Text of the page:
A conservation easement is a voluntary contract that permanently limits the type and intensity of future land use while allowing a landowner to retain control of his or her property. Such easements typically take the form of a deed restriction. Such easements typically involve a land trust or conservancy.
When a land trust acquires an "easement" on a property, it does not purchase the property from its owner. Instead, the trust makes a contract with the landowner, which allows the trust to have exclusive use of the land for a specific purpose. Put another way, the trust removes from the owner some of the rights to use the property. For example, Mr. and Mrs. Brown own a wood lot that they want to protect, and so they donate a forest conservation easement to the ACME Land Trust. Mr. and Mrs. Brown still own the land, but they have given up the right to cut down the trees. When the ACME Land Trust acquires the easement, they acquire a "property right" previously owned by Mr. and Mrs. Brown.
Beginning in the 1940s, Chester County landowners established some of the nation's first non-profit land trusts. These land trusts are organizations whose purpose is to protect open space from development by either acquiring land in-fee or by protecting it with a conservation easement. Because of these open space pioneers, the County now has over a dozen land trusts which together have protected open space on nearly 120,000 acres of property within the County.
These organizations may be called "conservancies" or "trusts" but they all function in a similar way. Some of these land trusts, such as the Nature Conservancy, protect lands throughout the world, while others, like the Pennsbury Land Trust, focus on a single municipality. Other land trusts only acquire open space properties or conservation easements for a short period, and then sell or transfer them to another land trust or a state agency. In recent years most conservation easements have been funded through state or county grants which require a cash match from local municipal governments.
Conservation easements offer the following benefits:
- Energy conservation is achieved by limiting unnecessary site disturbance and by reducing the need to remediate damage to sensitive environmental areas;
- When a landowner sells or donates a conservation easement, the landowner still retains the majority of the rights to the land. The landowner is still responsible for maintaining the property, just like any other private property owner.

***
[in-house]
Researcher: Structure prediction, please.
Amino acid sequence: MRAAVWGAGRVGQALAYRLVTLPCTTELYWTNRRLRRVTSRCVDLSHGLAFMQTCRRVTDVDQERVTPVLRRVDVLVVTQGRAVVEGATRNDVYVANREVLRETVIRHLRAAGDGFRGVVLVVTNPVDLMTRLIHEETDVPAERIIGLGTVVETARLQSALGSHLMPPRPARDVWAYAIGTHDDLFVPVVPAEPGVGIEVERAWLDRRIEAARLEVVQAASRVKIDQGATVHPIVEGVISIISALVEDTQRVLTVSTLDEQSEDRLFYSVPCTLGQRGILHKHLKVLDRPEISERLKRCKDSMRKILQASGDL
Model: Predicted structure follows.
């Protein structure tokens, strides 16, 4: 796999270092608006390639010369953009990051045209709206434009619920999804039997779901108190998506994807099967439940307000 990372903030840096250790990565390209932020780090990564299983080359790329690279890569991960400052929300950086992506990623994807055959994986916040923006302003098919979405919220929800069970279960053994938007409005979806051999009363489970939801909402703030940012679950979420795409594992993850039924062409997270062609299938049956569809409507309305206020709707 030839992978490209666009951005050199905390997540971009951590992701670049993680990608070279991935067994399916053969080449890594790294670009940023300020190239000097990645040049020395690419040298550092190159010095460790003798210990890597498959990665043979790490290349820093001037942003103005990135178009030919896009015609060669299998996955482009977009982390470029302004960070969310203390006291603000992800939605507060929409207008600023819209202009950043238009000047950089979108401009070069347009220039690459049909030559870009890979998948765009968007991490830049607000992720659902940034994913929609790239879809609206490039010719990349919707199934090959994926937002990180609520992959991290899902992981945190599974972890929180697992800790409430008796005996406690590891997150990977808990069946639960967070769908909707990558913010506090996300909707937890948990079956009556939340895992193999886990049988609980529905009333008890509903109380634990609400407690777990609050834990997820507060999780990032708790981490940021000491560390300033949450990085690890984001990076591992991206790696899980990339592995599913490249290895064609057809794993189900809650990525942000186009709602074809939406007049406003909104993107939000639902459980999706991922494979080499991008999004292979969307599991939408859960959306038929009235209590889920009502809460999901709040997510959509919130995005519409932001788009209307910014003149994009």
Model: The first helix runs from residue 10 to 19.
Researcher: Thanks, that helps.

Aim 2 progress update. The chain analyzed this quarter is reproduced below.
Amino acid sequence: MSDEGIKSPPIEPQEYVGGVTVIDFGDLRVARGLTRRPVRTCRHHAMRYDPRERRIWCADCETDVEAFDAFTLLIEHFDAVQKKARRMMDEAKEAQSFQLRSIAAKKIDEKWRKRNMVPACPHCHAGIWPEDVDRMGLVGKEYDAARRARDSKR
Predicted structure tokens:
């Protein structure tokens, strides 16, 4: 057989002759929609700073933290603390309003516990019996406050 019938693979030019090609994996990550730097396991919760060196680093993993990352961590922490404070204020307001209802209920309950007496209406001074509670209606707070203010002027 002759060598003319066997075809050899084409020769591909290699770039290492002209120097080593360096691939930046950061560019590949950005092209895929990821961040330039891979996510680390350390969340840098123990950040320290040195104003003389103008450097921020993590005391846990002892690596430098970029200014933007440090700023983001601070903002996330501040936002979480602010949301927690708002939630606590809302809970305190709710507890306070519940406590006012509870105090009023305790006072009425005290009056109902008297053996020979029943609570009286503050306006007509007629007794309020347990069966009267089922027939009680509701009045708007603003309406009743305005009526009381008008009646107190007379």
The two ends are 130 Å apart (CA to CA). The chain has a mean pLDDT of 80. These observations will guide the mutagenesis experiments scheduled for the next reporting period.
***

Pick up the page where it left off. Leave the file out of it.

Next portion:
- There is no expenditure of public funds to maintain the property in perpetuity, which over the long term can be substantial.
Conservation easements may meet the following obstacles:
- An ongoing obstacle to conserving open space though conservation easements is the need for large amounts of funding, as is inherent in any real estate initiative. Furthermore, the great majority of eased parcels are on private property and like all private properties they are not open to the general public.
- Anyone who wishes to enter a private property with a conservation easement must first get permission from the landowner. As a result, each community should consider whether it is appropriate to use public funds to protect lands that will not have public access. A compromise is to establish trail easements around eased lands.
How to Use This Tool
Conservation easements are typically implemented through a partnership of a land trust and a municipal government in which the primary government role is to conduct planning that will create an environment where a trust can protect the land through easements. By addressing open space protection in a comprehensive plan or through an adopted official map, municipal governments can create a "paper trail" documenting that they have a well considered and publicly reviewed plan, which will greatly improve the likelihood that their open space protection projects will receive comparative state or county grants. Municipalities can also help to establish a local land trust that is active within just their municipality. These local land trusts are non-government entities that can receive municipal grants. This approach can be effective, but is also labor intensive and so is not right for all communities.
- Open Space Planning: A Guide for Municipalities, Chester County Planning Commission, 2005.
- GreenSpace Alliance and DVRPC: The Economic Value of Protected Open Space in Southeastern Pennsylvania - Report Summary, DVRPC, 2010.
- Opportunity Knocks: Open Space as a Community Investment, 2000, The Heritage Conservancy.
- Conservation: An Investment That Pays, 2009. The Trust for Public Land.